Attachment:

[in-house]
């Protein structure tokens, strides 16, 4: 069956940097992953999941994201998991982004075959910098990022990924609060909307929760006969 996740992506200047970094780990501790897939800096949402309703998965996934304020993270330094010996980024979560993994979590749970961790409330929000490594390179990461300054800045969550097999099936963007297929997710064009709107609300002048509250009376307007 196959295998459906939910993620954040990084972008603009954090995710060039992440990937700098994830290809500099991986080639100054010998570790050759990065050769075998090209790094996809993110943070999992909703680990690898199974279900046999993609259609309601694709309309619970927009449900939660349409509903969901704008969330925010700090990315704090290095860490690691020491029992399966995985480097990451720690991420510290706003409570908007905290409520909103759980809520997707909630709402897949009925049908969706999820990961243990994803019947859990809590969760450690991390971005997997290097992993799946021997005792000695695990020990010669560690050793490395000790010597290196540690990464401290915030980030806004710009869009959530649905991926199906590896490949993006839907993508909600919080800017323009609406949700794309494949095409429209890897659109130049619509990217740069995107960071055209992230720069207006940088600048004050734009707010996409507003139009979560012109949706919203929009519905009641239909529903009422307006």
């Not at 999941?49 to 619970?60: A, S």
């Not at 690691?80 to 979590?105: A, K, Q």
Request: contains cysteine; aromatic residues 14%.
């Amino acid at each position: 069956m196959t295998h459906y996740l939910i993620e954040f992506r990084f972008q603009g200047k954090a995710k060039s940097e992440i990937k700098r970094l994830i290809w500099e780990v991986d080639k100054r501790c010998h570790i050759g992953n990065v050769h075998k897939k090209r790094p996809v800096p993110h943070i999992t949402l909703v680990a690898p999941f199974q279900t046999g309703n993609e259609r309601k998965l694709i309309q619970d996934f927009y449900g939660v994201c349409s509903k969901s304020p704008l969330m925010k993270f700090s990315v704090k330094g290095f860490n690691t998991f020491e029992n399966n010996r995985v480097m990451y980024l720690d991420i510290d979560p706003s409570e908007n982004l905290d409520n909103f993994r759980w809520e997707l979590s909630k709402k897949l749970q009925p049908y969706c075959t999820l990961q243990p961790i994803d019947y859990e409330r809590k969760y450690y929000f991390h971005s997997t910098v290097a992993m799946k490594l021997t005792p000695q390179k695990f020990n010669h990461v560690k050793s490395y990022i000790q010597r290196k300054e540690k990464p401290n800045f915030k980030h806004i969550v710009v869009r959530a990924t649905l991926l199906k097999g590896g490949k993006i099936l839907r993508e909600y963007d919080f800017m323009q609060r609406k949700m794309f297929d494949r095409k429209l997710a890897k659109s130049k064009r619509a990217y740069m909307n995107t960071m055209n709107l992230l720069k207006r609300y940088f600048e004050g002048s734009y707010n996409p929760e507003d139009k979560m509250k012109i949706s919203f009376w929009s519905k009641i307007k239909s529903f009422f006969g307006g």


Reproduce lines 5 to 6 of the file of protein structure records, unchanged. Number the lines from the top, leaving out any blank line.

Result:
Request: contains cysteine; aromatic residues 14%.
């Amino acid at each position: 069956m196959t295998h459906y996740l939910i993620e954040f992506r990084f972008q603009g200047k954090a995710k060039s940097e992440i990937k700098r970094l994830i290809w500099e780990v991986d080639k100054r501790c010998h570790i050759g992953n990065v050769h075998k897939k090209r790094p996809v800096p993110h943070i999992t949402l909703v680990a690898p999941f199974q279900t046999g309703n993609e259609r309601k998965l694709i309309q619970d996934f927009y449900g939660v994201c349409s509903k969901s304020p704008l969330m925010k993270f700090s990315v704090k330094g290095f860490n690691t998991f020491e029992n399966n010996r995985v480097m990451y980024l720690d991420i510290d979560p706003s409570e908007n982004l905290d409520n909103f993994r759980w809520e997707l979590s909630k709402k897949l749970q009925p049908y969706c075959t999820l990961q243990p961790i994803d019947y859990e409330r809590k969760y450690y929000f991390h971005s997997t910098v290097a992993m799946k490594l021997t005792p000695q390179k695990f020990n010669h990461v560690k050793s490395y990022i000790q010597r290196k300054e540690k990464p401290n800045f915030k980030h806004i969550v710009v869009r959530a990924t649905l991926l199906k097999g590896g490949k993006i099936l839907r993508e909600y963007d919080f800017m323009q609060r609406k949700m794309f297929d494949r095409k429209l997710a890897k659109s130049k064009r619509a990217y740069m909307n995107t960071m055209n709107l992230l720069k207006r609300y940088f600048e004050g002048s734009y707010n996409p929760e507003d139009k979560m509250k012109i949706s919203f009376w929009s519905k009641i307007k239909s529903f009422f006969g307006g």